At step 130, a first output of a one-way function is calculated. An example of a one-way function that may be performed at step 130 is a hash function. An example of such a hash function is a Multilinear Modular Hash (“MMH”) function, as described in the Security Specification. At step 135, each L octets of the first output of the one-way function are summed into summation value (“A”). The summation value A and the second secret portion S2 are concatenated at step 140 into a concatenated value.
At step 145, the first L octets of F(x) are calculated based on the concatenated value. Thus, for example, the first L octets of the output of F(A+S2, seed) are generated at step 145. At step 150 a second output of the one-way function is calculated based on F(A+S2, seed) calculated in step 145. The result of the calculation of the one-way function at step 150 is used as the MAC. Thus, calculation of the MMH function at step 150 uses the output of F(A+S2, seed) determined at step 145 and is used as a substitute for a one-time pad. However, the calculation of the MMH function to generate a MAC using the public function F(x) results in faster generation of the MAC because a one-time pad does not have to be determined and distributed to the transmitting and receiving device before secure transmission of a message takes place. Only the secret is shared, and the same secret can, and typically is, used over and over again for a period of time.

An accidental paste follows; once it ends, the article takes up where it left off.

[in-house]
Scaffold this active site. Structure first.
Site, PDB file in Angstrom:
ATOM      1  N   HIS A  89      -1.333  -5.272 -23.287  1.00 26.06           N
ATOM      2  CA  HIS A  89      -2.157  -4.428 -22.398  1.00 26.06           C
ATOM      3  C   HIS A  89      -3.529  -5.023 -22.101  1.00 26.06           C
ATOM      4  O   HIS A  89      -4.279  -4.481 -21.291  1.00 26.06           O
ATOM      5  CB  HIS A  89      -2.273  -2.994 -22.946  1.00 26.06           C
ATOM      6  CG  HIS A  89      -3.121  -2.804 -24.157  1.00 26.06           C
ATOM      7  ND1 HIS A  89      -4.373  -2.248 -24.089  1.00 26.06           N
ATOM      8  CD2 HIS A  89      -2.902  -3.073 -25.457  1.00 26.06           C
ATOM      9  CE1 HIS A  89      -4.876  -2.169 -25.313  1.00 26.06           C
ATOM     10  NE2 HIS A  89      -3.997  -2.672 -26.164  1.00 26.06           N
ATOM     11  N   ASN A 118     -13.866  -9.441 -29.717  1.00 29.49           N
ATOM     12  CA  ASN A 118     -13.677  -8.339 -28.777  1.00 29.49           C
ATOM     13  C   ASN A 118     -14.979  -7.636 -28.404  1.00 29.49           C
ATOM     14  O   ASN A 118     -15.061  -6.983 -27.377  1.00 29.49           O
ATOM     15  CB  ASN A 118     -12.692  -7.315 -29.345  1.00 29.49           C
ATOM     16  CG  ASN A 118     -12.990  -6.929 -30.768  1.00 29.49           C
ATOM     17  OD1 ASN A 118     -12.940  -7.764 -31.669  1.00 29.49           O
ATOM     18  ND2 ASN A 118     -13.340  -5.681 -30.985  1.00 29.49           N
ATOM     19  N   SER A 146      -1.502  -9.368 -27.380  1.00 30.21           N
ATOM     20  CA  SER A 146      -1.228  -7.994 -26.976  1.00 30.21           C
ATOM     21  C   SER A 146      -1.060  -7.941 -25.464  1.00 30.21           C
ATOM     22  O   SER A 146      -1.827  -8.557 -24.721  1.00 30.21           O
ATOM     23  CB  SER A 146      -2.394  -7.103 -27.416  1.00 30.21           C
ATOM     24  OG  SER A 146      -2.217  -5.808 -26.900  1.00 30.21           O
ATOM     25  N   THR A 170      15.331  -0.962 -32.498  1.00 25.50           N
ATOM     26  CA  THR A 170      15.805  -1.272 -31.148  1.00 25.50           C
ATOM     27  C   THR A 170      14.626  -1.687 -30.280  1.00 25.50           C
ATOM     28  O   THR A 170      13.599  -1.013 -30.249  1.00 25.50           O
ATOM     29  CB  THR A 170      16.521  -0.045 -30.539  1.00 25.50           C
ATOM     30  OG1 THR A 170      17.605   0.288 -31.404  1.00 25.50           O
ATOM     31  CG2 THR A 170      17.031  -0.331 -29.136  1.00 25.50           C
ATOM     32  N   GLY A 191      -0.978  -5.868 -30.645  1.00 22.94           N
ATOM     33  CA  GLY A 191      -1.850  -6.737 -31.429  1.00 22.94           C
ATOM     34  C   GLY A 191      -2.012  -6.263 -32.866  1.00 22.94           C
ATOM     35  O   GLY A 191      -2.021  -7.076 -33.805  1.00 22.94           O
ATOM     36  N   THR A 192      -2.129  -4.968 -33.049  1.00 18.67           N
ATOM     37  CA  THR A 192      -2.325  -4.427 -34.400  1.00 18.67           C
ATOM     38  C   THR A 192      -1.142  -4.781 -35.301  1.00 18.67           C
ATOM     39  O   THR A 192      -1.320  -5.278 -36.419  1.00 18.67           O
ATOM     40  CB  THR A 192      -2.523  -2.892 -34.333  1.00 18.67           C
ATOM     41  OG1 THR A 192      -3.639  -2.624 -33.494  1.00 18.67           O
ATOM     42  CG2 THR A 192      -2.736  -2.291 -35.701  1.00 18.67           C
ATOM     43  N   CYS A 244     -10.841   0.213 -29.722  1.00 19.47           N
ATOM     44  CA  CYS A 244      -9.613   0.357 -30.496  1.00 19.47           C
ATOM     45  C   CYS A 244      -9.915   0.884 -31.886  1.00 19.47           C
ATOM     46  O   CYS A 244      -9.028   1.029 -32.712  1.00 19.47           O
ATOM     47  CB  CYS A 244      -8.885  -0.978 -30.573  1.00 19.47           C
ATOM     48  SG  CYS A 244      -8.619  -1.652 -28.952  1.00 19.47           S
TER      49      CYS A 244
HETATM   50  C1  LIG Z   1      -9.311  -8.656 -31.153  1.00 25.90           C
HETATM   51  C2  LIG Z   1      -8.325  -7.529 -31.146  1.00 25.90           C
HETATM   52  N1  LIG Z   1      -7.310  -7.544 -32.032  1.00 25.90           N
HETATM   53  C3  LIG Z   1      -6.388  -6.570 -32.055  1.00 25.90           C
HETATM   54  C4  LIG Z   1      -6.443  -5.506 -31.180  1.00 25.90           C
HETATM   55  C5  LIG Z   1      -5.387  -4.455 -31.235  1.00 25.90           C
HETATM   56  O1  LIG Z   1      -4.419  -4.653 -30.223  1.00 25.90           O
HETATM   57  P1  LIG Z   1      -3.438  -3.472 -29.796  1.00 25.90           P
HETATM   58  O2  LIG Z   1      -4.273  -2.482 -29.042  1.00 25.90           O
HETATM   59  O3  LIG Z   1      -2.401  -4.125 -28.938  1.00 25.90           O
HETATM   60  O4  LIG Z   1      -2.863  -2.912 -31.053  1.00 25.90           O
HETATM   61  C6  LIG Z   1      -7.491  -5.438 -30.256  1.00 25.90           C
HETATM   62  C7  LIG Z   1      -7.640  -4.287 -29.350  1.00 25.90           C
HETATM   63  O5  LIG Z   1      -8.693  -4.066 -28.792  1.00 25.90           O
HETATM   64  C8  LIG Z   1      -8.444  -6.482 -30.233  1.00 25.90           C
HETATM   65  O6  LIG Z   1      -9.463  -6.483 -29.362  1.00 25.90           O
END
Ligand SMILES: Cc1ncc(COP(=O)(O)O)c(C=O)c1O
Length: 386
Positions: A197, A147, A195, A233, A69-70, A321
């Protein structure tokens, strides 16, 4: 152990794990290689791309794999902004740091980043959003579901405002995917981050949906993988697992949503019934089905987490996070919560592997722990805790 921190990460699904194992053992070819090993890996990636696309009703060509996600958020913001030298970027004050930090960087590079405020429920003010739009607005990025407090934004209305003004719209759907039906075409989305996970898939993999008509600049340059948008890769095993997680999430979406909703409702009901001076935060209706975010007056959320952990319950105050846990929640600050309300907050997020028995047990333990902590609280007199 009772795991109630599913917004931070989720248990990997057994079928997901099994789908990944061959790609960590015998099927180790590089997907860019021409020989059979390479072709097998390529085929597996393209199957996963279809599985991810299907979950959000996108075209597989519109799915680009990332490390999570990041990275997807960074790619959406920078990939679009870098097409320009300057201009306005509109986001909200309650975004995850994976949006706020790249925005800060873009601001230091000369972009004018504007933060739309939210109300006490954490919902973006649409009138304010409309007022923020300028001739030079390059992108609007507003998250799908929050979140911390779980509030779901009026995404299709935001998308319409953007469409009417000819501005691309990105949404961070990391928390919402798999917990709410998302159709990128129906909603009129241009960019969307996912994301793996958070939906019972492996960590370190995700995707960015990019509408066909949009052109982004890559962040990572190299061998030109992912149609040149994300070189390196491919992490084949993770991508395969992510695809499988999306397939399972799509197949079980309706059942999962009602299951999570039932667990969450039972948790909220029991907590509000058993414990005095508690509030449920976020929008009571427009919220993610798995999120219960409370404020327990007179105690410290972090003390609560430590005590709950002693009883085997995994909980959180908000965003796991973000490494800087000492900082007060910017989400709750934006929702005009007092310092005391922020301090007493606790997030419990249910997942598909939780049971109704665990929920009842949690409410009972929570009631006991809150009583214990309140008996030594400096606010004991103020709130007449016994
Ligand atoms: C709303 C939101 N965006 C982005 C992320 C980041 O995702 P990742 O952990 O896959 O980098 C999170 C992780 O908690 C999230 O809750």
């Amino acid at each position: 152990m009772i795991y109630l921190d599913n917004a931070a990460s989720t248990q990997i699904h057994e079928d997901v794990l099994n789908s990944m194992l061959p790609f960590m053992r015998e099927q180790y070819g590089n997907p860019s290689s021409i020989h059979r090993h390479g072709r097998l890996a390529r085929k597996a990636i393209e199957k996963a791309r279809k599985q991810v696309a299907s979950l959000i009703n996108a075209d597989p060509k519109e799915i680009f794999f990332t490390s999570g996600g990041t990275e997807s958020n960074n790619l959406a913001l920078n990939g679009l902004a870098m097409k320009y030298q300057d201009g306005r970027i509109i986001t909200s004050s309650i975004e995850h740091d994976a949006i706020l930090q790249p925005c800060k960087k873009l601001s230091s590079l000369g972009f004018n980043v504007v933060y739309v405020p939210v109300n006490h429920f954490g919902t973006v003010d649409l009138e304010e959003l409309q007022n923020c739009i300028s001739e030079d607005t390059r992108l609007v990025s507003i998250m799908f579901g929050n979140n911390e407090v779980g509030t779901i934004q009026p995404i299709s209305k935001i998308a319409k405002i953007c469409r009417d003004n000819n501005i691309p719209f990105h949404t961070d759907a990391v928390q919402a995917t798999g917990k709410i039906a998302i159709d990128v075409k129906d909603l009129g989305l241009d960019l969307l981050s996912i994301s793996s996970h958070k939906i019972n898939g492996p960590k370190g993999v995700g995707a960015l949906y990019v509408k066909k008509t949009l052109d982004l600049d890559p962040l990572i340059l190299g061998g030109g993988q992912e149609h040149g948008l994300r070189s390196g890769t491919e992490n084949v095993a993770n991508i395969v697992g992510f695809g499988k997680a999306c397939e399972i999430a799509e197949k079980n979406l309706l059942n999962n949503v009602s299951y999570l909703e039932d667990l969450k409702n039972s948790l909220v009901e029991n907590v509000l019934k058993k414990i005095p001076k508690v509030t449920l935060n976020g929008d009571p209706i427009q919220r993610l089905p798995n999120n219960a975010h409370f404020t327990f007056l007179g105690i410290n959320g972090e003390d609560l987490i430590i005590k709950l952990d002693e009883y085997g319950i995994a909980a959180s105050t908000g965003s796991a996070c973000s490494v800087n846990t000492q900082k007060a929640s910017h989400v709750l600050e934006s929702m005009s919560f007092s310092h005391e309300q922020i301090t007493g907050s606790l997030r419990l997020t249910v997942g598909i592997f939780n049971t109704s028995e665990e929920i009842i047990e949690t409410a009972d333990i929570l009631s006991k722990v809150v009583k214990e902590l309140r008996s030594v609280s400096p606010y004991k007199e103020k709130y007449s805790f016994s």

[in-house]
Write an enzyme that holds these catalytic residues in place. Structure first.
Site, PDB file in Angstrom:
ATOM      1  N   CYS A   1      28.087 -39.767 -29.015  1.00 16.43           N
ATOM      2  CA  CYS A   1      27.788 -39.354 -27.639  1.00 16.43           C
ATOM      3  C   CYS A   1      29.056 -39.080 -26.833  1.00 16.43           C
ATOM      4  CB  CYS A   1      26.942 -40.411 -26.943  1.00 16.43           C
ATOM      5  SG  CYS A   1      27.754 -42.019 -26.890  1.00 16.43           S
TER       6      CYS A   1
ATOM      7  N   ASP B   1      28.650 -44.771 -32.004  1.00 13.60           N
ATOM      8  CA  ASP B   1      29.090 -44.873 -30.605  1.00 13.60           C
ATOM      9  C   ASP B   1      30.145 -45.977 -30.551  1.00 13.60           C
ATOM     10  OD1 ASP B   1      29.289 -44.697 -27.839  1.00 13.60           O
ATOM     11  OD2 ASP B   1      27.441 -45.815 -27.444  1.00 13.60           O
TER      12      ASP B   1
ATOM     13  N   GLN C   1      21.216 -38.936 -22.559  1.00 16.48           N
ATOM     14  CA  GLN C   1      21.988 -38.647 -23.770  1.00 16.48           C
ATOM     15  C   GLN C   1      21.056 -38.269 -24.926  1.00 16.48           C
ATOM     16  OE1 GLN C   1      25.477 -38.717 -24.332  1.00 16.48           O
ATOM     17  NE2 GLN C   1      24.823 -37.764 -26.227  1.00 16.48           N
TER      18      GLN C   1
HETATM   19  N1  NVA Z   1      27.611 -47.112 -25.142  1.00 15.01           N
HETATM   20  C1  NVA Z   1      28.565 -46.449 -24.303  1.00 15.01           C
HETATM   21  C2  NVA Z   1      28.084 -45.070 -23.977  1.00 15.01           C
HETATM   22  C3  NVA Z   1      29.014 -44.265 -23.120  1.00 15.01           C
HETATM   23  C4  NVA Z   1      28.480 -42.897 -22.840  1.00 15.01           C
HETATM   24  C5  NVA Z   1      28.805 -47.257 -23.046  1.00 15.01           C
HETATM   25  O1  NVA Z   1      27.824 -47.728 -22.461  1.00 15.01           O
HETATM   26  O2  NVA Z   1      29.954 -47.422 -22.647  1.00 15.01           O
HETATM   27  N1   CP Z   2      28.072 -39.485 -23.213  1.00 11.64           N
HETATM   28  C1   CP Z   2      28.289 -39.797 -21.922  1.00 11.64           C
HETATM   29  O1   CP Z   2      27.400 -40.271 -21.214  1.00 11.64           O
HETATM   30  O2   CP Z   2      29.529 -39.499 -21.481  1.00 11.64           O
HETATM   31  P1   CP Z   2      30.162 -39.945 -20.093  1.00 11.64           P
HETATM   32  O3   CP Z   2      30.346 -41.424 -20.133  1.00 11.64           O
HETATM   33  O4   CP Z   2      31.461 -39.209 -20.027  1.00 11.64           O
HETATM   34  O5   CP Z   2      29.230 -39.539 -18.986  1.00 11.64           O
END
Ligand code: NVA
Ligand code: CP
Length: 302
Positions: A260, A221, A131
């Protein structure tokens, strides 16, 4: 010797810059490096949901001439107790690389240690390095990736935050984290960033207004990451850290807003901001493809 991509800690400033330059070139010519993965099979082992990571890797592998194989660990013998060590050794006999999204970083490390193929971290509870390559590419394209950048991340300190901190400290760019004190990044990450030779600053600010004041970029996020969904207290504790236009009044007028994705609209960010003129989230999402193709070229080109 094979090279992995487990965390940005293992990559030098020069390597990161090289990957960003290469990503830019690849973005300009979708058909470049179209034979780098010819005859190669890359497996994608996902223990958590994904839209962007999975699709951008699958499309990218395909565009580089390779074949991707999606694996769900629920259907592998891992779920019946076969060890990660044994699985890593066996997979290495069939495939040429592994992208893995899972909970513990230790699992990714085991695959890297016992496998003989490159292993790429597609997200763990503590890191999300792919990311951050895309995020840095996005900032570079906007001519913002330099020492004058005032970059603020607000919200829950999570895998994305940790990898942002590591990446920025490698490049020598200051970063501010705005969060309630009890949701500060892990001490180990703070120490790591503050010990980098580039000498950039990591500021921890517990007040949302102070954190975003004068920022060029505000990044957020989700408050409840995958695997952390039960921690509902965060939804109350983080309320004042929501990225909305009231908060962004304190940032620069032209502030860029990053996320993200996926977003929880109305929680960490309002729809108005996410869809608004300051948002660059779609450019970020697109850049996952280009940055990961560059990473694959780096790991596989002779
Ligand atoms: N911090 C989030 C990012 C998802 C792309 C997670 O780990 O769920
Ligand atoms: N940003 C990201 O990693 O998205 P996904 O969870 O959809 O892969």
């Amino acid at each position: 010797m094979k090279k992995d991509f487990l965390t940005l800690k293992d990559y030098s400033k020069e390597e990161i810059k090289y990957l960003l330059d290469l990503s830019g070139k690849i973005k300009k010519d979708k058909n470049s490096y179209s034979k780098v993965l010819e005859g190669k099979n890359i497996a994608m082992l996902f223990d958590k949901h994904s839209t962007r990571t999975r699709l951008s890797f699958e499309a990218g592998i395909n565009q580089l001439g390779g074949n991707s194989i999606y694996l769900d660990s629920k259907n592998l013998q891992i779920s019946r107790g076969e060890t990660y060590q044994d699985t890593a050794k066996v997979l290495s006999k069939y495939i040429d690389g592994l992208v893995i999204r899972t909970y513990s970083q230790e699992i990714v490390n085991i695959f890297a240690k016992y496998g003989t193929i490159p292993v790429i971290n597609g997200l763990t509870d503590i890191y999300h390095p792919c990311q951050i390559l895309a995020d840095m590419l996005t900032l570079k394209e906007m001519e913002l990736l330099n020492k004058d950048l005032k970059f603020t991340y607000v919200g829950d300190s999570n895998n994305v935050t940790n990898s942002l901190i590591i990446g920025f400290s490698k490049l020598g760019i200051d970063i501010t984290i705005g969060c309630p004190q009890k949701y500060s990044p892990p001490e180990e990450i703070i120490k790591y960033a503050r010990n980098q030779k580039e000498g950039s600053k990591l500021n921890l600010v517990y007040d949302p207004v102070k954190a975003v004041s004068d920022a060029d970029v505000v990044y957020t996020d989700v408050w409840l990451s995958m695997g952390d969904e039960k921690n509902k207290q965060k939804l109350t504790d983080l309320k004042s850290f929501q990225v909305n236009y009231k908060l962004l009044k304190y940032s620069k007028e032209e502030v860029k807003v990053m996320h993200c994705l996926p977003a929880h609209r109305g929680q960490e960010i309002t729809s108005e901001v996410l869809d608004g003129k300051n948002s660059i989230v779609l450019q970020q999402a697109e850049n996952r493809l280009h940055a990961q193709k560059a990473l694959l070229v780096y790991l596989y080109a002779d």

After the MAC has been generated at step 150, M is transmitted to the receiving device, along with the MAC at step 155. When the receiving device receives the message M and the MAC it performs the same steps 125 through 150 with respect to the message. If the MAC that the receiving device calculates is the same as the MAC received along with the message from the transmitting device, then the receiving device determines that M has not been altered from the time it was transmitted from the transmitting device. If the MAC messages do not match, the receiving device may request that the transmitting device re-transmit the message or perform other actions based on knowledge that the received message does not match the transmitted message. Method 100 ends at step 160.
These and many other objects and advantages will be readily apparent to one skilled in the art from the foregoing specification when read in conjunction with the appended drawings. It is to be understood that the embodiments herein illustrated are examples only, and that the scope of the invention is to be defined solely by the claims when accorded a full range of equivalents.
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|U.S. Classification||713/181, 380/28, 713/168|
|Cooperative Classification||H04L2209/20, H04L9/0643, H04L9/0662|
|European Classification||H04L9/06F, H04L9/06M2B|
|Aug 15, 2007||AS||Assignment|
Owner name: ARRIS GROUP, INC., GEORGIA
Free format text: ASSIGNMENT OF ASSIGNORS INTEREST;ASSIGNOR:EVANS, DAVID REGINALD;REEL/FRAME:019701/0340
Effective date: 20070809
|Apr 16, 2013||AS||Assignment|
Owner name: ARRIS ENTERPRISES, INC., GEORGIA
Free format text: MERGER;ASSIGNOR:ARRIS GROUP, INC.;REEL/FRAME:030223/0244
Effective date: 20130416
|May 28, 2013||AS||Assignment|
Owner name: BANK OF AMERICA, N.A., AS ADMINISTRATIVE AGENT, IL
Free format text: SECURITY AGREEMENT;ASSIGNORS:ARRIS GROUP, INC.;ARRIS ENTERPRISES, INC.;ARRIS SOLUTIONS, INC.;AND OTHERS;REEL/FRAME:030498/0023
Effective date: 20130417
|Oct 20, 2014||FPAY||Fee payment|
Year of fee payment: 4
|Mar 14, 2017||AS||Assignment|
Owner name: ARRIS ENTERPRISES LLC, PENNSYLVANIA
Free format text: CHANGE OF NAME;ASSIGNOR:ARRIS ENTERPRISES INC;REEL/FRAME:041995/0031
Effective date: 20151231